No reason to shed tears over loss of public car park

The Murray Road facility served only the needs of those who own private cars while adding noxious fumes to the polluted air the rest of us have to breathe

PUBLISHED : Sunday, 07 May, 2017, 11:11pm
UPDATED : Sunday, 07 May, 2017, 11:11pm

The five-storey public car park on Murray Road in Admiralty was an anomaly; so low-rise a structure on prime real estate in a busy business and shopping district brimming with tall buildings did not make sense. Understandably, the government decided to sell it and an office tower will rise where it stands. Motorists complain about the loss of convenience and the higher fees being asked by private car parks in the area and there are even warnings of the likelihood of congestion as a result of more illegal parking. But the closure is less a nuisance than a message about reality; Hong Kong’s narrow, crowded and polluted streets dictate that as much as possible, we should be using public or shared transport.

Those wealthy enough to own a car would argue otherwise. For many, it is a status symbol, a mark of having arrived in society. But as the closure of the car park proves, having arrived does not guarantee a space. Worse, the new building is expected to have substantially fewer places for vehicles than the 388 for cars and 55 for motorcycles that the Murray Road facility had.

Hong Kong people have a reputation for adaptability, being able to cope and capitalise on changed circumstances. The loss of a car park is without doubt reason to adapt and for those unable to find a space or unwilling to pay higher fees, there are several alternatives. No city in the world is as well served by public transport and the Admiralty area is flush with choices. There is also the option of connecting with or setting up a car pool with friends or colleagues to share rides, an idea still in its infancy in our city but commonplace among commuters elsewhere.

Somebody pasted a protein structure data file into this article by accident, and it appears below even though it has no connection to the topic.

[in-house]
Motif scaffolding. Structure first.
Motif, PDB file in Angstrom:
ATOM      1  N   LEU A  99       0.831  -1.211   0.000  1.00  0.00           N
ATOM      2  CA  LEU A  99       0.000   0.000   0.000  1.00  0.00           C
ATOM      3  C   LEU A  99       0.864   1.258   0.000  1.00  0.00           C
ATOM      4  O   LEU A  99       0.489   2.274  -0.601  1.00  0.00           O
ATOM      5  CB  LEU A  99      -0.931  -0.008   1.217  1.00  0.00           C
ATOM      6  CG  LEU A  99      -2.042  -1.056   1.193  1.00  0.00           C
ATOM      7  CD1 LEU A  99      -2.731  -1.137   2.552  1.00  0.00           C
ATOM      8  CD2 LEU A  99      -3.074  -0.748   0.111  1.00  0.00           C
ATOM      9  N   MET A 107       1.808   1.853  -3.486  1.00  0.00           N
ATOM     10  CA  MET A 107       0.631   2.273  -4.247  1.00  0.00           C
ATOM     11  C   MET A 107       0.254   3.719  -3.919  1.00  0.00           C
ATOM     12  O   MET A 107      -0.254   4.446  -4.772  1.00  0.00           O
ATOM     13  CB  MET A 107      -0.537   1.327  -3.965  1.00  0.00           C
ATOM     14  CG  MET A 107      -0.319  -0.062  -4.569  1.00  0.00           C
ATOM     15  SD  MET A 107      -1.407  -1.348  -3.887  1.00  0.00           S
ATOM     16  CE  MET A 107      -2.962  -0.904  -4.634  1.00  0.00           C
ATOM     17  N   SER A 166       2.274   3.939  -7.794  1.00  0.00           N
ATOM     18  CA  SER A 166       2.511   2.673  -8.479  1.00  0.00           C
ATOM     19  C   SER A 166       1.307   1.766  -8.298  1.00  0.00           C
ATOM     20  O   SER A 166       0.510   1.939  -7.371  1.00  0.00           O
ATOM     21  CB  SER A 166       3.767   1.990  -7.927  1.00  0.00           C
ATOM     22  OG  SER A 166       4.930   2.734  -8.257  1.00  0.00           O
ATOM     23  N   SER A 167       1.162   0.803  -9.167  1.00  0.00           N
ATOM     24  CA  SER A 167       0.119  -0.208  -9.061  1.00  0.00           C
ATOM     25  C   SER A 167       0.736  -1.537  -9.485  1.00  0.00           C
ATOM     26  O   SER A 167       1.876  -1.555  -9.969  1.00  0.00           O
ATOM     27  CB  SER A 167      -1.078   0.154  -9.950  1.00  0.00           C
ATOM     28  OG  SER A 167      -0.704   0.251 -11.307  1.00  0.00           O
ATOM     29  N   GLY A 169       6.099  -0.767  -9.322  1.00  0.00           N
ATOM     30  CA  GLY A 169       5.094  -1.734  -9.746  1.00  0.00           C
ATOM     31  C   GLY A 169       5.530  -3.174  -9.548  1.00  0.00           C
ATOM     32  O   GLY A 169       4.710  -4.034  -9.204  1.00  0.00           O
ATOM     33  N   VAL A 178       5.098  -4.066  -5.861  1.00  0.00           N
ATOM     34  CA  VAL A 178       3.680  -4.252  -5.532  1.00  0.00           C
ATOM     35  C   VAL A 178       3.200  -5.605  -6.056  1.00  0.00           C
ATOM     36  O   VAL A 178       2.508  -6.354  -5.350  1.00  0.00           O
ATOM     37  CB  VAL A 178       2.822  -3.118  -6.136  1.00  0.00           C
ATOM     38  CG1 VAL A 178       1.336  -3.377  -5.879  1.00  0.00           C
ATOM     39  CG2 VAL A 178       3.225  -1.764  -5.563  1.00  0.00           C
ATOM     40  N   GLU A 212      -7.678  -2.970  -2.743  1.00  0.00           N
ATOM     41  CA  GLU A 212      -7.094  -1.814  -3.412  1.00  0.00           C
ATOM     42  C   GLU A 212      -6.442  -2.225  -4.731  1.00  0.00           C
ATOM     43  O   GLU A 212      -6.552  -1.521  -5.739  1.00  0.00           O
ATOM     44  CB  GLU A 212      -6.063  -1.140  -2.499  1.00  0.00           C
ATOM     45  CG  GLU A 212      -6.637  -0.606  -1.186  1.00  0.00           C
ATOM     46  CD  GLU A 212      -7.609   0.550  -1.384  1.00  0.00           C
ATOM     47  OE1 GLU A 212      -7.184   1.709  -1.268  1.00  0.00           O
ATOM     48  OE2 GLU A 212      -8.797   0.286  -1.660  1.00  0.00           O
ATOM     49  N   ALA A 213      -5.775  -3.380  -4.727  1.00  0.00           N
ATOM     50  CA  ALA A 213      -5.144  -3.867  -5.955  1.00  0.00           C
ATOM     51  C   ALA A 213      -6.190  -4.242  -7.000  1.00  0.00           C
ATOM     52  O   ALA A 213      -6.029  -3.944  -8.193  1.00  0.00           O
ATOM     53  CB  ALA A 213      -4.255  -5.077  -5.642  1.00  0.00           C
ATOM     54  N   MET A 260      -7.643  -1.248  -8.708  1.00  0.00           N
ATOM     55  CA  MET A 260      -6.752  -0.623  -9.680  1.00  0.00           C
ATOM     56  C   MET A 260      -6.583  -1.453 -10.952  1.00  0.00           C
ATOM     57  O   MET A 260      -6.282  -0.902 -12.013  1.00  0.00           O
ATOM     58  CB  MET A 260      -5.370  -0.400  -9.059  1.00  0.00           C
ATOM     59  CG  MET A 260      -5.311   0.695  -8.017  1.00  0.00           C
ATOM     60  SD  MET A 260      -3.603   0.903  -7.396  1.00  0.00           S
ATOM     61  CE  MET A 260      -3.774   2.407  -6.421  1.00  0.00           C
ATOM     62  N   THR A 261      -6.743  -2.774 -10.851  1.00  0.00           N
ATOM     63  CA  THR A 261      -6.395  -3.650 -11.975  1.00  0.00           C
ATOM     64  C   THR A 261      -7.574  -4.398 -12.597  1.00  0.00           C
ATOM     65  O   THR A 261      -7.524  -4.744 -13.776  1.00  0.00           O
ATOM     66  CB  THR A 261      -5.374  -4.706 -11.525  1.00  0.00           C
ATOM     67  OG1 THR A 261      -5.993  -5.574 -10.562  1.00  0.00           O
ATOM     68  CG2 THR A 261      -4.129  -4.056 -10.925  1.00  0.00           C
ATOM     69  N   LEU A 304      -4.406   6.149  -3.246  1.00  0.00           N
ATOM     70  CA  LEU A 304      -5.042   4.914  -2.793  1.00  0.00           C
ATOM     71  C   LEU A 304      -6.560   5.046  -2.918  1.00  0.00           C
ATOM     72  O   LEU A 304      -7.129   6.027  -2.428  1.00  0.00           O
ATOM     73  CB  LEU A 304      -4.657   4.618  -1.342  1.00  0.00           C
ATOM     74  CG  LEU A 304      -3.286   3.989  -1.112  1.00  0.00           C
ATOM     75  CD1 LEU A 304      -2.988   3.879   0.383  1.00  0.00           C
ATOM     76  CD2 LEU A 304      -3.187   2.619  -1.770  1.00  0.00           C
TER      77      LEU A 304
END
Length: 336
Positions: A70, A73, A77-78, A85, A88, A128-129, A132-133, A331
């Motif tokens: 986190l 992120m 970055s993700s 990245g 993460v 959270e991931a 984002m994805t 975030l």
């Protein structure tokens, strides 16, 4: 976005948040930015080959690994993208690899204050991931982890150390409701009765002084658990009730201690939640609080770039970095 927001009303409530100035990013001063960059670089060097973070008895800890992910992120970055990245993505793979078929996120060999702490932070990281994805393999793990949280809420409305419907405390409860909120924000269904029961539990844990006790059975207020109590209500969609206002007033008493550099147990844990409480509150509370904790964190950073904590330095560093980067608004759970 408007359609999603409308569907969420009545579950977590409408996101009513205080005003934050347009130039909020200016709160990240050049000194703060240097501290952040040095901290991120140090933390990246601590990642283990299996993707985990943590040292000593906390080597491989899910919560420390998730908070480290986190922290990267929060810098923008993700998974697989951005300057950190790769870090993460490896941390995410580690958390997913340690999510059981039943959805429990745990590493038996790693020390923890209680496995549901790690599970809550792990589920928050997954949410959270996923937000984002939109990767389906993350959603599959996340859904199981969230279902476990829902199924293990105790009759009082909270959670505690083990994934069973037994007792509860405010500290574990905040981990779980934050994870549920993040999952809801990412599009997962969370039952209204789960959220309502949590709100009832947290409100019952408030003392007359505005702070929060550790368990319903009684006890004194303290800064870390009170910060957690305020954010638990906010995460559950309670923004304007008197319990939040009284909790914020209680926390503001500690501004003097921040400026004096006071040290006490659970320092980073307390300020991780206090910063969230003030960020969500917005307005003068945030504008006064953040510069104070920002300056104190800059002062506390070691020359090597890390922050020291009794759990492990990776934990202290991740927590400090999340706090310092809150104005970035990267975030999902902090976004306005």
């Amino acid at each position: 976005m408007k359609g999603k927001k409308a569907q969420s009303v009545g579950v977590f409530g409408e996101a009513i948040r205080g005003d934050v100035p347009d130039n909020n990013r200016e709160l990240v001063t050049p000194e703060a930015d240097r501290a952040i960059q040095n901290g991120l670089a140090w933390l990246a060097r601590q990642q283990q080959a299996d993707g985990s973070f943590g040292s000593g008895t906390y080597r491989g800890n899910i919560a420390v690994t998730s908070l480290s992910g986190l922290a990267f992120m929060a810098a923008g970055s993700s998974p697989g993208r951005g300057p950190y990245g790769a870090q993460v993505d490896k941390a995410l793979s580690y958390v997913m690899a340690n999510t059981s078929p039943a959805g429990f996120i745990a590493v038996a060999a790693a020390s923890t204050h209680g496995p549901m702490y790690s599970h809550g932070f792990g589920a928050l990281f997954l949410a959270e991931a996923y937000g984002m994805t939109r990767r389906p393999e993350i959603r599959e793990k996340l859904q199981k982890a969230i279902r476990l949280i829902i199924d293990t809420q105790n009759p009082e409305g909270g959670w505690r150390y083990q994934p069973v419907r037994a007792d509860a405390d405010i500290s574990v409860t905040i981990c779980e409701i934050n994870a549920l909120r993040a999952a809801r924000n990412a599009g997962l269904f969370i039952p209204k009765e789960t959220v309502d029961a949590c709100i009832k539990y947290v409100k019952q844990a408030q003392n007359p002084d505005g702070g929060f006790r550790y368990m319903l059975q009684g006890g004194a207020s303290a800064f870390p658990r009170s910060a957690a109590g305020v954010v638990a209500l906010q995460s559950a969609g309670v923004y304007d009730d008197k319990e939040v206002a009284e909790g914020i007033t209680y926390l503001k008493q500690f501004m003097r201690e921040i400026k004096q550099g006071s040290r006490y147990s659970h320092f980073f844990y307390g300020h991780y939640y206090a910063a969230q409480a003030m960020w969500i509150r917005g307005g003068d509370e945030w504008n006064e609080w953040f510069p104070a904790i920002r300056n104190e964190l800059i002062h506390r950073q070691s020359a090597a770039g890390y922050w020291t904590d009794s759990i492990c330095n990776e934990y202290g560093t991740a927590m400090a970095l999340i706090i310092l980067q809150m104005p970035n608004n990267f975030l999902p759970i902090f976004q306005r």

With among the highest road traffic density of any city in the world, Hongkongers should have learned long ago to wean themselves off private cars. But a number insist on clinging to the idea despite government disincentives, with the result that our streets are congested and in the busiest districts, heavily polluted from vehicle emissions. The loss without replacement of a car park should be seen as further discouragement. It is time car owners took notice of the message they are being given.